And of course, there are sheep. It is Ireland 🙂

It takes a couple of hours to explore all the paths.

Cannon Hill

These are two versions of the same song – different accent ;). Tom Healy and Brian Coll sing about all the places I have mentioned in my blog, so you can learn how to pronounce the Irish names 🙂

 

 

 

Thank you for taking this simple local walk. Treasures are often closer than we know.

www.inesemjphotography.com  Have a wonderful weekend!

 

 

Magic road to the Mahon Falls

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It was a sunny day elsewhere, but Mahon Falls greeted me with a perfect rainbow towering over the mountains. This picture was not retouched – all the colors are natural. I parked at the bottom of the Magic Road and held my breath. I used a wide lens for this picture, but in fact the rainbow was so close that I could see the colors on the grass just a few meters away.

I drove under the rainbow and turned around the corner wondering what the Falls look like today, and sure there was a good reason for the rainbow to appear because the Coum Mahon was hosting a huge cloud. I found a spot, parked my car and fearlessly walked into the cloud.

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I did it three times and had to return half way because the rain and the wind made it impossible to take any picture of the waterfall.

This was the worst moment. The lens got all wet and foggy, and I had to give up.

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On the other side of the car park the weather was beautiful and even my windscreen was dry. I parked so that I could see the ocean and the rainbow.

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I didn’t get to see the Falls that day, but other photo opportunities were literally running around 🙂

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The cloud was still there but the rest of the world was dry and sunny.

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The sheep decided to migrate, and it was fun to watch them

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There was nothing else to see and I went home to return in two weeks.


This time the sky was blue with no clouds and rainbows. I approached the Magic Road, took this picture, drove a little bit further down the hill, and because there were no cars around, I did what everyone else does in this place: put my car in neutral, and rolled UPHILL with lively speed and style. This is a magic road after all 🙂

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Some people say it is an optical illusion and there is no elevation. Look by yourself. This car was rolling backwards on neutral from where I stand. The family inside it were so excited that the driver forgot to use his steering wheel and almost drove the car in the ditch. There definitely is an elevation, and I actually started even further down the hill. You can watch a good few videos on Youtube about this road. Fairy magic, if you ask me.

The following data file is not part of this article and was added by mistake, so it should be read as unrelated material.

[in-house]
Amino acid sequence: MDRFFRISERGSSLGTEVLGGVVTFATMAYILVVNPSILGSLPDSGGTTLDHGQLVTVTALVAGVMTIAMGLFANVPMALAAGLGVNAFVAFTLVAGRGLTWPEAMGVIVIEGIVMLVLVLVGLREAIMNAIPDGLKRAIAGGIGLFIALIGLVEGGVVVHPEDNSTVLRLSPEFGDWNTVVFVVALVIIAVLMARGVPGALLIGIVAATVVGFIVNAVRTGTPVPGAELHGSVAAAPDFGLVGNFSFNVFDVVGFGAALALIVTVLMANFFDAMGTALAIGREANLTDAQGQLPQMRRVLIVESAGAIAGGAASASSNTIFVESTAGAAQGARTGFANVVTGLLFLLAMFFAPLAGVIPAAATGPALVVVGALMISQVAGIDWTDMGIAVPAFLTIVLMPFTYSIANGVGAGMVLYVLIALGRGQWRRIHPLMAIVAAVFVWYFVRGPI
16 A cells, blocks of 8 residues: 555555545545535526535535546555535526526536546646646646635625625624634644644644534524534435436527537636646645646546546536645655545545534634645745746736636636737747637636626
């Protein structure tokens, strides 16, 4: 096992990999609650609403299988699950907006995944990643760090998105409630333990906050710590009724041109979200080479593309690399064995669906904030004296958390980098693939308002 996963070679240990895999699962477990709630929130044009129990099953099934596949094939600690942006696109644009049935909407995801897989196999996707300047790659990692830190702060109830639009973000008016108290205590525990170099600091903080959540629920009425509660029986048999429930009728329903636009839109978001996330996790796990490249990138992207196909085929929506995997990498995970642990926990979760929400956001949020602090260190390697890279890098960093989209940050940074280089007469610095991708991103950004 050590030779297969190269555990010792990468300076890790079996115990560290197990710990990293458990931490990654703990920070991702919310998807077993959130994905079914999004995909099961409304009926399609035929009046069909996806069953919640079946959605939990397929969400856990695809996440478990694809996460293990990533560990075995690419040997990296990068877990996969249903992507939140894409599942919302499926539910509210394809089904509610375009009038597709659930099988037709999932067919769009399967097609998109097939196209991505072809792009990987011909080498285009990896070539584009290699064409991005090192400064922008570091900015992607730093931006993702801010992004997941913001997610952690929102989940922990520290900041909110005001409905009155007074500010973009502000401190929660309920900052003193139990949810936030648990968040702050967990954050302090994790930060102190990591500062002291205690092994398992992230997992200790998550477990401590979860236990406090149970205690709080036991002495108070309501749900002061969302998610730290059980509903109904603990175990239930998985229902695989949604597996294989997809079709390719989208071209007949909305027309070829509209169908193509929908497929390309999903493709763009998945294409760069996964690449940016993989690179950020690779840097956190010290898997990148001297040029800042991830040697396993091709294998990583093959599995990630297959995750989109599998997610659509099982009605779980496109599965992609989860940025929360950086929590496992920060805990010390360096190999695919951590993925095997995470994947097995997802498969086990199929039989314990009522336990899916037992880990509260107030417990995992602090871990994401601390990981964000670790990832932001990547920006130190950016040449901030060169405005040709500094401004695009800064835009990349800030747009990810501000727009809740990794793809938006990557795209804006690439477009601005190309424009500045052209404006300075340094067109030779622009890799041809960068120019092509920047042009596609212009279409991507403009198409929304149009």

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These Hawthorn trees should give you a clue of where the magic comes from.

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Coum Mahon in all its glory. The path to the waterfall is about one mile long, and there is no climbing necessary. The path is wheelchair accessible almost all the way down to the Falls. Coum Mahon is V-shaped, unlike the other coums (hollows) in the Comeraghs that are U-shaped. By the way, the word Comeragh, or Cumarach  in Irish, means ‘full of hollows’. Many of the hollows nestle lakes.

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Semi-wild sheep are perched on the edge of the cliff.  If you are lucky, you might see a herd of feral goats around the Coumshingaun ridge nearby.

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Black slug is a common sighting. The slugs are quite big and alien-looking.

With very little rain this winter, the Falls don’t look too impressive, but nevertheless it is the most visited and loved place. It is advertised as a picnic area, with which I totally disagree. The wind is usually very strong here, and if everyone decided to bring a takeaway with them, the place would be littered in no time. If you come to visit Mahon Falls, please eat in your car with the doors closed.

Mahon Falls are a 80 m high series of cascading waterfalls. River Mahon begins her jorney from the high plateau of the Comeraghs, falls down the steep back wall and continues to the village of Bunmahon where she drains into the Celtic Sea.

It is possible to ascend the slope quite close to the waterfall. The most popular is the right hand side route, but I have also seen people climbing the left hand side of the Falls. In both cases you have to be very careful. In 2014, two people got trapped on a steep cliff at 45 m with no way down. Luckily, they were able to call rescue services, and were lifted off the cliff by a helicopter crew.

This is a closer view of the lower cascade. I was planning to climb to the upper cascade, but I saw a photographer set up his tripod in the middle of the falls,  and didn’t want to bother him. I climbed to the flat rock over which the water flows down, continued half way to the upper cascade, and returned to the valley.